AirSelfie is a Pocket Drone Designed for Taking Self Shots, Doubles as Smartphone Case.
Another day, another drone, but AirSelfie aims to tackle the pocket-sized category. In addition to doubling as a smartphone case, it boasts four propellers and a 5.0-megapixel camera designed specifically for self shots. Don’t let its size fool you, this device can fly up to 66-feet above ground, making it perfect for aerial photos and video.
Three flight modes allow you to pilot the AirSelfie with varying degrees of control. The most basic is Selfie mode, where just on-screen buttons move the drone farther away or closer to you. Selfie Motion Control mode allows you to control the drone with a virtual joystick for more flight options. Rotate the phone into landscape orientation to engage Flight mode, which turns your phone into a classic controller, giving you full freedom. Once you find the perfect spot, the AirSelfie will automatically hover.
The AirSelfie is encased with an aluminium-based shell casing that is said to bear a subtle lightweight frame while providing adequate protection to the drone from outside interference. It has overall dimensions of 67.4 by 94.5 by 10.6 millimeters, and weighs 52 grams. It is also equipped with a quad-copter mechanism, which comes with four propellers that are installed within its interior body to reduce any forthcoming minor injuries on the user’s end.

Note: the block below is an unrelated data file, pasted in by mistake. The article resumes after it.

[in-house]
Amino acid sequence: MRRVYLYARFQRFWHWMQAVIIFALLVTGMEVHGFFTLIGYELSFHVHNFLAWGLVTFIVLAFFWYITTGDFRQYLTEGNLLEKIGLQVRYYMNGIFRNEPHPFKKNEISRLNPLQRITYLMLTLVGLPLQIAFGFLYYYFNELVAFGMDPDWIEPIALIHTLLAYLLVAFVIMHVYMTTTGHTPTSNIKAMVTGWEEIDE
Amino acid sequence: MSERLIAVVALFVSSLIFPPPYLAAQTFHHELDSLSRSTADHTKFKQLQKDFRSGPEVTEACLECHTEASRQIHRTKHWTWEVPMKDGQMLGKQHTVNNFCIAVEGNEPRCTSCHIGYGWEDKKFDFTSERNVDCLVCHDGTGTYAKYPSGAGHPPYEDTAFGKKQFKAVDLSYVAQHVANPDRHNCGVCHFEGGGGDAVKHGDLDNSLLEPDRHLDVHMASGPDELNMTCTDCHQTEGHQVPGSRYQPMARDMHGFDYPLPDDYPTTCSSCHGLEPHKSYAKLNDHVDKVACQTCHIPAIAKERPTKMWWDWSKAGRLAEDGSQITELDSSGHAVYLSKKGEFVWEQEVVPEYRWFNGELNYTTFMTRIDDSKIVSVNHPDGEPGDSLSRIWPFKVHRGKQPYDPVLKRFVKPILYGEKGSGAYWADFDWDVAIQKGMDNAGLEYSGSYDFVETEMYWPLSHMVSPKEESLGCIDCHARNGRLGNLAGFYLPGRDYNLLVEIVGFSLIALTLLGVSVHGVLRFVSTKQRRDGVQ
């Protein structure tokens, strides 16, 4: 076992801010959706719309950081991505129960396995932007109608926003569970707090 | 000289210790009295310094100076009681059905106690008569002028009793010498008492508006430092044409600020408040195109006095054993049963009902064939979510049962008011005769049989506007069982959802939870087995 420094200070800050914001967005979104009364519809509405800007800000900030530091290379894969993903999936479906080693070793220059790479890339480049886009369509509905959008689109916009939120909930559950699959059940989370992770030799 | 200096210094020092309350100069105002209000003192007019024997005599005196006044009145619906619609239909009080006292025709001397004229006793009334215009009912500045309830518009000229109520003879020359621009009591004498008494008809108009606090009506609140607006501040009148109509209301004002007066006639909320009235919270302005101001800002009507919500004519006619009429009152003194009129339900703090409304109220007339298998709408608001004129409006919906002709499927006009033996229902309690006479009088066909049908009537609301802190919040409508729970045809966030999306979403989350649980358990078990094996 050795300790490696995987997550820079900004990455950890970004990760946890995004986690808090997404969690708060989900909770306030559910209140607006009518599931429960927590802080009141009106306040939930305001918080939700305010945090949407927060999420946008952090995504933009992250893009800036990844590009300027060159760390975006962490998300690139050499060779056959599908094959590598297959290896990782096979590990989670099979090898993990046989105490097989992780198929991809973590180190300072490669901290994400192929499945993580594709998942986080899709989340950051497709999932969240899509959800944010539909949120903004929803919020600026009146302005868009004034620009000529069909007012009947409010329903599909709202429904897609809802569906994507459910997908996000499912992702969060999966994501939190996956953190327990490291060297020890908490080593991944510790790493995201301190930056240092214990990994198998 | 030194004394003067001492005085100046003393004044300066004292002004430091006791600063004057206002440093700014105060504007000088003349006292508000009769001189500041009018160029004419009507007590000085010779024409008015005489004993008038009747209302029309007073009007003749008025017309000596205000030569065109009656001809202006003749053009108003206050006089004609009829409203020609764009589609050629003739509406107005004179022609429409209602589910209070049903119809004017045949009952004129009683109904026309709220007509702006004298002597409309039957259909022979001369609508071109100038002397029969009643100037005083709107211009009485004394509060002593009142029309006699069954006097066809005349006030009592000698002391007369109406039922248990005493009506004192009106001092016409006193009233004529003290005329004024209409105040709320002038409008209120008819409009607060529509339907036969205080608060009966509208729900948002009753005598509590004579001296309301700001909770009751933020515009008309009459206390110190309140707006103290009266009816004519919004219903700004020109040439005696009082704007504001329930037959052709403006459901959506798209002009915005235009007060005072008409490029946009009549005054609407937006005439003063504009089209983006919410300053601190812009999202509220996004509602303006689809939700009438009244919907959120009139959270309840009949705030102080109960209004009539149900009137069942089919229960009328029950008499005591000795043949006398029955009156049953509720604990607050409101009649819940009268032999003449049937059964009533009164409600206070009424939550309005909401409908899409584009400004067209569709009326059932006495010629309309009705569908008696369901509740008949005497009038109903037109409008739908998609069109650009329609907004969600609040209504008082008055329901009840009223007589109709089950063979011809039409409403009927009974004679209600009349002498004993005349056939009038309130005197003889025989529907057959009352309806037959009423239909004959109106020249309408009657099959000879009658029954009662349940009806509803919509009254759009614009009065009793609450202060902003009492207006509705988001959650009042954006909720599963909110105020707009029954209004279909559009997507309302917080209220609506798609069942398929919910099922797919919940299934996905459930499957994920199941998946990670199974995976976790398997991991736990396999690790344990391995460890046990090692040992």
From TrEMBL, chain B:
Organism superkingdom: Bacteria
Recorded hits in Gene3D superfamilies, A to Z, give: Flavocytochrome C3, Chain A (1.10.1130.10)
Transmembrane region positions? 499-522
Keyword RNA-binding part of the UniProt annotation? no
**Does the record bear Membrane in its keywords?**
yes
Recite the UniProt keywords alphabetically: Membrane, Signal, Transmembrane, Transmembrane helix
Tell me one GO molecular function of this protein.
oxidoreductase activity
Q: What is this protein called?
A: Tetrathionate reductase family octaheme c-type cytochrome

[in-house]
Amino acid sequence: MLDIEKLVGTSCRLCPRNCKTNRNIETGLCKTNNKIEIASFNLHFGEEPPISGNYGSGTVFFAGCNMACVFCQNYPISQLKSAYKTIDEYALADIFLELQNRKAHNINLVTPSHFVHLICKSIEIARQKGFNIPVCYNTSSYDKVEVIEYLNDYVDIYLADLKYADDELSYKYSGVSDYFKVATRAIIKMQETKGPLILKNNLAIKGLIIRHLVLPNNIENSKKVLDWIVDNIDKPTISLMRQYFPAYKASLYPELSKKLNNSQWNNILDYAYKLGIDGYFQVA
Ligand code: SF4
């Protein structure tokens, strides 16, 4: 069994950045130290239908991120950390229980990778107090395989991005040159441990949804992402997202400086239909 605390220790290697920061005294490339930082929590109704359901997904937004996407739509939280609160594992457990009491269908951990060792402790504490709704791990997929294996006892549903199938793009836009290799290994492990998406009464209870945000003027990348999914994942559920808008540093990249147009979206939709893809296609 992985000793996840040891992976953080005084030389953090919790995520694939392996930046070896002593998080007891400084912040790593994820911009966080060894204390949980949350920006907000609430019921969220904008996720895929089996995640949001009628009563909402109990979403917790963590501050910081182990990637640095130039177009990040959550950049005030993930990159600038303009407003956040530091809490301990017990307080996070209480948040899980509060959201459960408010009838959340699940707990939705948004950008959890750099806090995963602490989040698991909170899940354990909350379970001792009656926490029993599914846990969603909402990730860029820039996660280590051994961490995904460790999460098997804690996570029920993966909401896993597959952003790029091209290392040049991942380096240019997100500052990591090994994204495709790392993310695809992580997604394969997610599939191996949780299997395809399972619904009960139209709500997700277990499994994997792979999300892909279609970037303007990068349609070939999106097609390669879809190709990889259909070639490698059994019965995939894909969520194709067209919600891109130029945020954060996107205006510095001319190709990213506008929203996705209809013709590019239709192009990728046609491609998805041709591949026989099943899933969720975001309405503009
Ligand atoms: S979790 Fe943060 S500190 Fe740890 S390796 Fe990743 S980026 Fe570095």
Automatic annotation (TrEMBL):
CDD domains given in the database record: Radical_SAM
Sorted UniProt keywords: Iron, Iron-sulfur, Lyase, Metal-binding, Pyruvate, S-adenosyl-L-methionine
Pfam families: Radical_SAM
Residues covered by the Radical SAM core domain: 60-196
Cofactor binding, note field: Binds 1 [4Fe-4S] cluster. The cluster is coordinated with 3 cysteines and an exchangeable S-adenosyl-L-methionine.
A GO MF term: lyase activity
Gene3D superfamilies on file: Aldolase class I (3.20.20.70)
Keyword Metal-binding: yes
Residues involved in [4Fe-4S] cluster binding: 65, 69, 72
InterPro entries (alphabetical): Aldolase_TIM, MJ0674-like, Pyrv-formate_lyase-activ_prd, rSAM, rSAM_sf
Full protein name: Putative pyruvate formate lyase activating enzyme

“It includes self-generated WiFi and comes with a rechargeable battery. Also, shaky footage or blurry photos are now a worry of the past due to the AirSelfie’s vibration absorber and in-flight stability system. It hosts a 4GB micro SD memory card and a full charge gets up to three minutes of flying time. Not to worry though, it’s easily rechargeable in just 30 minutes. Available now on Kickstarter and is set to retail for $300,” reports Hi Consumption.
The drone connects to iOS or Android phones via its own Wi-Fi network, where users can control it via a companion app. There are three different flight modes to choose from, with “Selfie mode” seemingly the simplest, where users only need to concern themselves with moving the drone closer for tighter shots or farther away to fit more in the frame. There are a couple of more advanced modes, one using a single virtual joystick and another simulating a classic drone controller with the phone held horizontally.